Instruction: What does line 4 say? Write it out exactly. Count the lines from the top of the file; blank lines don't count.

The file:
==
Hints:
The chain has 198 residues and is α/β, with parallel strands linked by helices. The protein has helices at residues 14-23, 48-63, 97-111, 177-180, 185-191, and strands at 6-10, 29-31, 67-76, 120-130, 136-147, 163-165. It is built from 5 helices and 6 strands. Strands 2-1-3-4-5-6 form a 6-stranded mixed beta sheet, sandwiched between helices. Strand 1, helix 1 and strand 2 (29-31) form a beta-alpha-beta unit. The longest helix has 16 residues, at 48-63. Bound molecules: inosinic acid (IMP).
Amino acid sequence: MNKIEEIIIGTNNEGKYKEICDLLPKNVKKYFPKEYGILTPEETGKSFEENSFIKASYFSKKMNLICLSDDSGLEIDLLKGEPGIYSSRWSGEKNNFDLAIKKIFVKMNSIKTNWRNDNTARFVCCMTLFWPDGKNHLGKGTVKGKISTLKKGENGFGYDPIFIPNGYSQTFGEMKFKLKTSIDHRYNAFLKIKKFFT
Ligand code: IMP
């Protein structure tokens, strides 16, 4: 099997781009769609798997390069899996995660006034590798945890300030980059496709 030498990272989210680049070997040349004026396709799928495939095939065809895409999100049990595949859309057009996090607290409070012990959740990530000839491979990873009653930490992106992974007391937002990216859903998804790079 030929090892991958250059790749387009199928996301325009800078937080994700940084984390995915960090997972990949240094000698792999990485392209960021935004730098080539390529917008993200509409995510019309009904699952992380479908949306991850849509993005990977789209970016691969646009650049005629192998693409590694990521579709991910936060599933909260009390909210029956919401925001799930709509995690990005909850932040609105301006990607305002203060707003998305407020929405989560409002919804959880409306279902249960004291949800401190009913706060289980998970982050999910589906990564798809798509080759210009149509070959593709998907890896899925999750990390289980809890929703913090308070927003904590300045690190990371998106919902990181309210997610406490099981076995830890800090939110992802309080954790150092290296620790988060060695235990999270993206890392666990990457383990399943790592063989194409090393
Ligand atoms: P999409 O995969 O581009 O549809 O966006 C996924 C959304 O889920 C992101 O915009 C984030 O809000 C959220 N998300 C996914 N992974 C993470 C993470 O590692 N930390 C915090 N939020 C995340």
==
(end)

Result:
Ligand code: IMP